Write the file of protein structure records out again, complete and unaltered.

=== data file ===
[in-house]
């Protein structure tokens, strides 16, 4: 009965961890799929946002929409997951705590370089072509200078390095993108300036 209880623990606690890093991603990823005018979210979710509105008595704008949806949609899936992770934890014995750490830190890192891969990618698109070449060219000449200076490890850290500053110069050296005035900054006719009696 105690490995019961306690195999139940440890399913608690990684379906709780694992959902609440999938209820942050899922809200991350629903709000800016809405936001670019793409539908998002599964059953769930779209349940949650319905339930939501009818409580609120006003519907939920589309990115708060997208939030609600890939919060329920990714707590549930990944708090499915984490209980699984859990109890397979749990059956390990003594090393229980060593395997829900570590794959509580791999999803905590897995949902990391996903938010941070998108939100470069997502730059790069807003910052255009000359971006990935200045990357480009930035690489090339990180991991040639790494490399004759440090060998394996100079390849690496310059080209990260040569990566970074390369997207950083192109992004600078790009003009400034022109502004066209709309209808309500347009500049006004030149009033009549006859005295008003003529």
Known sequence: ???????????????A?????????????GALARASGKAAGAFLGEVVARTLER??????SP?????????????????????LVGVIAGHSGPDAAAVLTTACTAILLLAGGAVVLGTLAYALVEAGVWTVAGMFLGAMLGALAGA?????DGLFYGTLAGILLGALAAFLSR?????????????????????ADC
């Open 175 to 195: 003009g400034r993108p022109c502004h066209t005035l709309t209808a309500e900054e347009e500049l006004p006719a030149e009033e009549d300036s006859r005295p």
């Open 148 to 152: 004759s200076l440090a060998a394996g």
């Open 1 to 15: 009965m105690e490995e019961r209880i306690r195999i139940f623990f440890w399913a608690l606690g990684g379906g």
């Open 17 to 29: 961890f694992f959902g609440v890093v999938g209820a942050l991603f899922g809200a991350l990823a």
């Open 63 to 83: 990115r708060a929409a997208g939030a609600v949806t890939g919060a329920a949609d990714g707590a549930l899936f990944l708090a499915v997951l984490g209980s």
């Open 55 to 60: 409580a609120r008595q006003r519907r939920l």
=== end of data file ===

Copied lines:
[in-house]
């Protein structure tokens, strides 16, 4: 009965961890799929946002929409997951705590370089072509200078390095993108300036 209880623990606690890093991603990823005018979210979710509105008595704008949806949609899936992770934890014995750490830190890192891969990618698109070449060219000449200076490890850290500053110069050296005035900054006719009696 105690490995019961306690195999139940440890399913608690990684379906709780694992959902609440999938209820942050899922809200991350629903709000800016809405936001670019793409539908998002599964059953769930779209349940949650319905339930939501009818409580609120006003519907939920589309990115708060997208939030609600890939919060329920990714707590549930990944708090499915984490209980699984859990109890397979749990059956390990003594090393229980060593395997829900570590794959509580791999999803905590897995949902990391996903938010941070998108939100470069997502730059790069807003910052255009000359971006990935200045990357480009930035690489090339990180991991040639790494490399004759440090060998394996100079390849690496310059080209990260040569990566970074390369997207950083192109992004600078790009003009400034022109502004066209709309209808309500347009500049006004030149009033009549006859005295008003003529």
Known sequence: ???????????????A?????????????GALARASGKAAGAFLGEVVARTLER??????SP?????????????????????LVGVIAGHSGPDAAAVLTTACTAILLLAGGAVVLGTLAYALVEAGVWTVAGMFLGAMLGALAGA?????DGLFYGTLAGILLGALAAFLSR?????????????????????ADC
């Open 175 to 195: 003009g400034r993108p022109c502004h066209t005035l709309t209808a309500e900054e347009e500049l006004p006719a030149e009033e009549d300036s006859r005295p």
């Open 148 to 152: 004759s200076l440090a060998a394996g």
């Open 1 to 15: 009965m105690e490995e019961r209880i306690r195999i139940f623990f440890w399913a608690l606690g990684g379906g």
């Open 17 to 29: 961890f694992f959902g609440v890093v999938g209820a942050l991603f899922g809200a991350l990823a």
């Open 63 to 83: 990115r708060a929409a997208g939030a609600v949806t890939g919060a329920a949609d990714g707590a549930l899936f990944l708090a499915v997951l984490g209980s």
């Open 55 to 60: 409580a609120r008595q006003r519907r939920l």